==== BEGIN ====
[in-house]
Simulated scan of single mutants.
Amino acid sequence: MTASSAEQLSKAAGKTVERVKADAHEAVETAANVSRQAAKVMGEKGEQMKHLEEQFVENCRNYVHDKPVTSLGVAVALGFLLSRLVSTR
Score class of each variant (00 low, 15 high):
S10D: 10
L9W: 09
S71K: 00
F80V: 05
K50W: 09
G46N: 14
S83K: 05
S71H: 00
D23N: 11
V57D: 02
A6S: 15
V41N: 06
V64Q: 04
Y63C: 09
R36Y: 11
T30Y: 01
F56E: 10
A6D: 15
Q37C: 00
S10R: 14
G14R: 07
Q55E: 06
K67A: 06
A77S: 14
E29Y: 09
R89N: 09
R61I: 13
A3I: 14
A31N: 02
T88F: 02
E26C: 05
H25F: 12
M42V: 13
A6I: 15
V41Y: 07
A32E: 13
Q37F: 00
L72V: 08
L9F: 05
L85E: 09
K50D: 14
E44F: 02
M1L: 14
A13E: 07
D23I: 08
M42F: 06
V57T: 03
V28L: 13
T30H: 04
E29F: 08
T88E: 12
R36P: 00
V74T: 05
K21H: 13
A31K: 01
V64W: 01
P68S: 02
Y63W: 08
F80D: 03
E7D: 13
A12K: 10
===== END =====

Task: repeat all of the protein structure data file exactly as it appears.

[in-house]
Simulated scan of single mutants.
Amino acid sequence: MTASSAEQLSKAAGKTVERVKADAHEAVETAANVSRQAAKVMGEKGEQMKHLEEQFVENCRNYVHDKPVTSLGVAVALGFLLSRLVSTR
Score class of each variant (00 low, 15 high):
S10D: 10
L9W: 09
S71K: 00
F80V: 05
K50W: 09
G46N: 14
S83K: 05
S71H: 00
D23N: 11
V57D: 02
A6S: 15
V41N: 06
V64Q: 04
Y63C: 09
R36Y: 11
T30Y: 01
F56E: 10
A6D: 15
Q37C: 00
S10R: 14
G14R: 07
Q55E: 06
K67A: 06
A77S: 14
E29Y: 09
R89N: 09
R61I: 13
A3I: 14
A31N: 02
T88F: 02
E26C: 05
H25F: 12
M42V: 13
A6I: 15
V41Y: 07
A32E: 13
Q37F: 00
L72V: 08
L9F: 05
L85E: 09
K50D: 14
E44F: 02
M1L: 14
A13E: 07
D23I: 08
M42F: 06
V57T: 03
V28L: 13
T30H: 04
E29F: 08
T88E: 12
R36P: 00
V74T: 05
K21H: 13
A31K: 01
V64W: 01
P68S: 02
Y63W: 08
F80D: 03
E7D: 13
A12K: 10